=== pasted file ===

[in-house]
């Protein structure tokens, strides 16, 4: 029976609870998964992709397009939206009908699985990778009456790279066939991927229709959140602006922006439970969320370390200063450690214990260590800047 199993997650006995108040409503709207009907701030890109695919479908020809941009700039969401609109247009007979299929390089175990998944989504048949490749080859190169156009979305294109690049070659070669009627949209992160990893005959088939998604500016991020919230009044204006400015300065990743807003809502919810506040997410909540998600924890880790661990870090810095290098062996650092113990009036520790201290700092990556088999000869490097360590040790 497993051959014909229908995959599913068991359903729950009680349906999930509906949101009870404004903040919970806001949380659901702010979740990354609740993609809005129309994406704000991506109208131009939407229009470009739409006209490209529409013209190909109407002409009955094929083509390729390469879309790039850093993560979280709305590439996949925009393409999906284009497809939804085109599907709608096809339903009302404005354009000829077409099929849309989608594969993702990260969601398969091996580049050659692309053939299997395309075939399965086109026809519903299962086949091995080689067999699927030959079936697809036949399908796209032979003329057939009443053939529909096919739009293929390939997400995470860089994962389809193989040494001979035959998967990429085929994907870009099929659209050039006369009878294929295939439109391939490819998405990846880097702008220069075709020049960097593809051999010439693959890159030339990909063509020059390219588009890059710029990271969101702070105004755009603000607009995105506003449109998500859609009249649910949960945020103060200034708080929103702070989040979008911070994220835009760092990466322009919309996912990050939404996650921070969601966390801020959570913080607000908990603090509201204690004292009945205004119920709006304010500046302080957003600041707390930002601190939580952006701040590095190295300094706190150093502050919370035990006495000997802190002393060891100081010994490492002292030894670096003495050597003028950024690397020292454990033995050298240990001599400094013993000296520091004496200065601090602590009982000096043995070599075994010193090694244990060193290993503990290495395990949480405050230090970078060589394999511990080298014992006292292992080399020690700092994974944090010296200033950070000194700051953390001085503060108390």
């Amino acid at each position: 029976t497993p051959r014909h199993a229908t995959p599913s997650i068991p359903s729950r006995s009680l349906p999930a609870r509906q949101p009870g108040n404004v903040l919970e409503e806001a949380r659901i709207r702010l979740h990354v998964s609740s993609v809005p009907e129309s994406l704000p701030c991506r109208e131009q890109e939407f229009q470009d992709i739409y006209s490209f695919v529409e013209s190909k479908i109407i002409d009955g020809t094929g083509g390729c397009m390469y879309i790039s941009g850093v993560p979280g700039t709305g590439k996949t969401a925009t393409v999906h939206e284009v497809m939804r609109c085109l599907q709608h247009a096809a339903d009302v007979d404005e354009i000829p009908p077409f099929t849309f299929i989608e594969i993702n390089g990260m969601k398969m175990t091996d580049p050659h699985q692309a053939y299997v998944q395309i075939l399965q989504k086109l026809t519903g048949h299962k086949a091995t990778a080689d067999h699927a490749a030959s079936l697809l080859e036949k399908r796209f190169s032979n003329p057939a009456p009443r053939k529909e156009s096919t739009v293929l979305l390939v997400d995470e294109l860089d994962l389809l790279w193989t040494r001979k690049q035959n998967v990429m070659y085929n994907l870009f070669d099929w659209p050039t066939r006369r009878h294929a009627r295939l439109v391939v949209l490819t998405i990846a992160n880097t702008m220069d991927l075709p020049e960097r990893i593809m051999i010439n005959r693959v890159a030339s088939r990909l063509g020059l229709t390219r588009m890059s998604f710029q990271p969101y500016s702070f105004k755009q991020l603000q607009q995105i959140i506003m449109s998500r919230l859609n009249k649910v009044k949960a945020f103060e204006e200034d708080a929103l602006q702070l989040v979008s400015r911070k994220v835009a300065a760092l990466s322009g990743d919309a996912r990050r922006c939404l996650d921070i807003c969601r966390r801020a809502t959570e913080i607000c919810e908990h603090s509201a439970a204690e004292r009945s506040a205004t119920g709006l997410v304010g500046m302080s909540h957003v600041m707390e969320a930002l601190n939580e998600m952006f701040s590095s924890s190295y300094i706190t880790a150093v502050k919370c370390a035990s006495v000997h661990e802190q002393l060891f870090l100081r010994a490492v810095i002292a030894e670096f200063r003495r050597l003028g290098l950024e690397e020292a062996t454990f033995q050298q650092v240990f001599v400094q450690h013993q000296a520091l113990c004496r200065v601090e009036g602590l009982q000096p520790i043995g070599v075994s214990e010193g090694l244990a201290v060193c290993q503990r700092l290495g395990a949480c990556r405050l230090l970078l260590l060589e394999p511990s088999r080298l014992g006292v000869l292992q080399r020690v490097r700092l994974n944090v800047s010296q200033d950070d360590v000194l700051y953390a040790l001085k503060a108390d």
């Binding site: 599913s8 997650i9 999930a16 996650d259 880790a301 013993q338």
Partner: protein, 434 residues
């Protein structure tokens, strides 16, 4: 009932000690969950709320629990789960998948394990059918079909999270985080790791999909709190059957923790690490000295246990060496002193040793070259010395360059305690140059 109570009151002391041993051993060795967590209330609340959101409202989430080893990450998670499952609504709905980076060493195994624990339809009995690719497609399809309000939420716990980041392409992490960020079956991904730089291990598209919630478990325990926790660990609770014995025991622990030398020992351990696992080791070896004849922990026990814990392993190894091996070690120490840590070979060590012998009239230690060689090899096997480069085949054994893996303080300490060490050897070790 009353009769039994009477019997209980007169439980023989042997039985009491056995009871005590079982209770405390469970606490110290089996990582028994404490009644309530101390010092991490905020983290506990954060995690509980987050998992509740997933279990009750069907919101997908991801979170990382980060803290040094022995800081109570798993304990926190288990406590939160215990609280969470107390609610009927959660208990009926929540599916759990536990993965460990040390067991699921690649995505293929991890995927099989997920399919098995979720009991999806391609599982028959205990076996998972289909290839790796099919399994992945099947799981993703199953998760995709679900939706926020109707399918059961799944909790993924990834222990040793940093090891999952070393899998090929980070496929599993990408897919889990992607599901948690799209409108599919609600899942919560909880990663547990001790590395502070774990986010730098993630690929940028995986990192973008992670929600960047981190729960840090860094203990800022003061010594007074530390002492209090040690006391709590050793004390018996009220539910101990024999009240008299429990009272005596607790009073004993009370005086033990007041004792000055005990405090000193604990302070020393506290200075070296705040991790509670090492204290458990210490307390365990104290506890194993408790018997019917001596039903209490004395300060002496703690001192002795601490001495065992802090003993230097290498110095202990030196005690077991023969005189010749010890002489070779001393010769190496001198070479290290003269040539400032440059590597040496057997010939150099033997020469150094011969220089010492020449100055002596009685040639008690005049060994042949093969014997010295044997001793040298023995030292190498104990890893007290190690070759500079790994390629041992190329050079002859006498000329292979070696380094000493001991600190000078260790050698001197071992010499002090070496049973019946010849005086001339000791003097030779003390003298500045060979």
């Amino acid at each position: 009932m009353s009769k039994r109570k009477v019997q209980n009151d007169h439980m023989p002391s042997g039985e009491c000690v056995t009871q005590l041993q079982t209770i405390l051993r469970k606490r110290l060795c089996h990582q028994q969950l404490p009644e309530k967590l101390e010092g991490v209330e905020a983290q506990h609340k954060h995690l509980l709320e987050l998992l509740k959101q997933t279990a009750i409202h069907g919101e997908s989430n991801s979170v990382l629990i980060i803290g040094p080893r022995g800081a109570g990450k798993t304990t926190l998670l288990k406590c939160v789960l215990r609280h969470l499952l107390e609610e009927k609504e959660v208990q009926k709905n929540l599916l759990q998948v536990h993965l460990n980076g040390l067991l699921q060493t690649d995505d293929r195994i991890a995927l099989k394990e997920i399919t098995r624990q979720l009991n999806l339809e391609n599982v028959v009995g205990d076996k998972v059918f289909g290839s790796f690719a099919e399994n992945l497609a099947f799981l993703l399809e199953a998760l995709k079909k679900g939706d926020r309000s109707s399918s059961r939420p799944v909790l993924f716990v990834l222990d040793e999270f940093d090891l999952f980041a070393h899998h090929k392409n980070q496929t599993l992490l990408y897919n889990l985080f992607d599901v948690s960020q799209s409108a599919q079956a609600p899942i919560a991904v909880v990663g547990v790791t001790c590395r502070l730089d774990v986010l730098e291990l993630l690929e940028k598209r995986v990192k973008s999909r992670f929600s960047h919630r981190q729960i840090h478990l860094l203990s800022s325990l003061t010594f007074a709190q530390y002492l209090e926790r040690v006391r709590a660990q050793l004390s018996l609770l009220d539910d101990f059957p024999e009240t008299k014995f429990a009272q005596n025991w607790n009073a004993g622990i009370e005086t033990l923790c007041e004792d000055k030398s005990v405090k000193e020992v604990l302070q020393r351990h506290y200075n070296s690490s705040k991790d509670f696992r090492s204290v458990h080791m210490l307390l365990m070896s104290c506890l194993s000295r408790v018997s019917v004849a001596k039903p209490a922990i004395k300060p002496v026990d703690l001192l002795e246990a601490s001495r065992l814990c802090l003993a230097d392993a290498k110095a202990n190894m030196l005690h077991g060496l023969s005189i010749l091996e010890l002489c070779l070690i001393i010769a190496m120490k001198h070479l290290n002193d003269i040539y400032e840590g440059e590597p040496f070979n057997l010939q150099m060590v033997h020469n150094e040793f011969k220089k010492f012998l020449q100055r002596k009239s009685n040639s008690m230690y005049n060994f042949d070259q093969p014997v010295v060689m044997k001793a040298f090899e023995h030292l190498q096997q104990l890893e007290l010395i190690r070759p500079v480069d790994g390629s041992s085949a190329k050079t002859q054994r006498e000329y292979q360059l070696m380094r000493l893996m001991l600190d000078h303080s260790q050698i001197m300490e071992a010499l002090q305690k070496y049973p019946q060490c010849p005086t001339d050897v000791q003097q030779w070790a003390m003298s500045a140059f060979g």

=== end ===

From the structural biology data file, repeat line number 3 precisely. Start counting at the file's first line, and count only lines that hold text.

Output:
């Amino acid at each position: 029976t497993p051959r014909h199993a229908t995959p599913s997650i068991p359903s729950r006995s009680l349906p999930a609870r509906q949101p009870g108040n404004v903040l919970e409503e806001a949380r659901i709207r702010l979740h990354v998964s609740s993609v809005p009907e129309s994406l704000p701030c991506r109208e131009q890109e939407f229009q470009d992709i739409y006209s490209f695919v529409e013209s190909k479908i109407i002409d009955g020809t094929g083509g390729c397009m390469y879309i790039s941009g850093v993560p979280g700039t709305g590439k996949t969401a925009t393409v999906h939206e284009v497809m939804r609109c085109l599907q709608h247009a096809a339903d009302v007979d404005e354009i000829p009908p077409f099929t849309f299929i989608e594969i993702n390089g990260m969601k398969m175990t091996d580049p050659h699985q692309a053939y299997v998944q395309i075939l399965q989504k086109l026809t519903g048949h299962k086949a091995t990778a080689d067999h699927a490749a030959s079936l697809l080859e036949k399908r796209f190169s032979n003329p057939a009456p009443r053939k529909e156009s096919t739009v293929l979305l390939v997400d995470e294109l860089d994962l389809l790279w193989t040494r001979k690049q035959n998967v990429m070659y085929n994907l870009f070669d099929w659209p050039t066939r006369r009878h294929a009627r295939l439109v391939v949209l490819t998405i990846a992160n880097t702008m220069d991927l075709p020049e960097r990893i593809m051999i010439n005959r693959v890159a030339s088939r990909l063509g020059l229709t390219r588009m890059s998604f710029q990271p969101y500016s702070f105004k755009q991020l603000q607009q995105i959140i506003m449109s998500r919230l859609n009249k649910v009044k949960a945020f103060e204006e200034d708080a929103l602006q702070l989040v979008s400015r911070k994220v835009a300065a760092l990466s322009g990743d919309a996912r990050r922006c939404l996650d921070i807003c969601r966390r801020a809502t959570e913080i607000c919810e908990h603090s509201a439970a204690e004292r009945s506040a205004t119920g709006l997410v304010g500046m302080s909540h957003v600041m707390e969320a930002l601190n939580e998600m952006f701040s590095s924890s190295y300094i706190t880790a150093v502050k919370c370390a035990s006495v000997h661990e802190q002393l060891f870090l100081r010994a490492v810095i002292a030894e670096f200063r003495r050597l003028g290098l950024e690397e020292a062996t454990f033995q050298q650092v240990f001599v400094q450690h013993q000296a520091l113990c004496r200065v601090e009036g602590l009982q000096p520790i043995g070599v075994s214990e010193g090694l244990a201290v060193c290993q503990r700092l290495g395990a949480c990556r405050l230090l970078l260590l060589e394999p511990s088999r080298l014992g006292v000869l292992q080399r020690v490097r700092l994974n944090v800047s010296q200033d950070d360590v000194l700051y953390a040790l001085k503060a108390d």